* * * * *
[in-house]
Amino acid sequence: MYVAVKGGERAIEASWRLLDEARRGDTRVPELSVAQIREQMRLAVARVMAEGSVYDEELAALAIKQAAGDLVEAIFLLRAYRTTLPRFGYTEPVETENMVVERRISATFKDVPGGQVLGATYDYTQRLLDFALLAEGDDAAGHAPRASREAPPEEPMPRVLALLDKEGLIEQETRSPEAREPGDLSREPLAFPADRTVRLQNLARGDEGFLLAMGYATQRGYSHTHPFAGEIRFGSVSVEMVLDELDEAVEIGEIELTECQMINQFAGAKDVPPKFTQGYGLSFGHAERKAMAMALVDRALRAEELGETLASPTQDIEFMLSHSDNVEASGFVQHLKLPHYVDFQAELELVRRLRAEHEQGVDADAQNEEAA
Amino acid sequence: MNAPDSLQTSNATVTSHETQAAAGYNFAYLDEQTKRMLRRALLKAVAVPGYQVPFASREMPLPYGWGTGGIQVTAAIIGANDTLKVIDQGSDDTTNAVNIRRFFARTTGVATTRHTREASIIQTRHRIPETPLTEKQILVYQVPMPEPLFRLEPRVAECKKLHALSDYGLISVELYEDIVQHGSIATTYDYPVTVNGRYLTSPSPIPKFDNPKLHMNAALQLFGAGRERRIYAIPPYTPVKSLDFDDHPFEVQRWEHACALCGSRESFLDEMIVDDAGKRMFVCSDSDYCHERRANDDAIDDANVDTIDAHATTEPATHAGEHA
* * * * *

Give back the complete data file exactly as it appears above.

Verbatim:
[in-house]
Amino acid sequence: MYVAVKGGERAIEASWRLLDEARRGDTRVPELSVAQIREQMRLAVARVMAEGSVYDEELAALAIKQAAGDLVEAIFLLRAYRTTLPRFGYTEPVETENMVVERRISATFKDVPGGQVLGATYDYTQRLLDFALLAEGDDAAGHAPRASREAPPEEPMPRVLALLDKEGLIEQETRSPEAREPGDLSREPLAFPADRTVRLQNLARGDEGFLLAMGYATQRGYSHTHPFAGEIRFGSVSVEMVLDELDEAVEIGEIELTECQMINQFAGAKDVPPKFTQGYGLSFGHAERKAMAMALVDRALRAEELGETLASPTQDIEFMLSHSDNVEASGFVQHLKLPHYVDFQAELELVRRLRAEHEQGVDADAQNEEAA
Amino acid sequence: MNAPDSLQTSNATVTSHETQAAAGYNFAYLDEQTKRMLRRALLKAVAVPGYQVPFASREMPLPYGWGTGGIQVTAAIIGANDTLKVIDQGSDDTTNAVNIRRFFARTTGVATTRHTREASIIQTRHRIPETPLTEKQILVYQVPMPEPLFRLEPRVAECKKLHALSDYGLISVELYEDIVQHGSIATTYDYPVTVNGRYLTSPSPIPKFDNPKLHMNAALQLFGAGRERRIYAIPPYTPVKSLDFDDHPFEVQRWEHACALCGSRESFLDEMIVDDAGKRMFVCSDSDYCHERRANDDAIDDANVDTIDAHATTEPATHAGEHA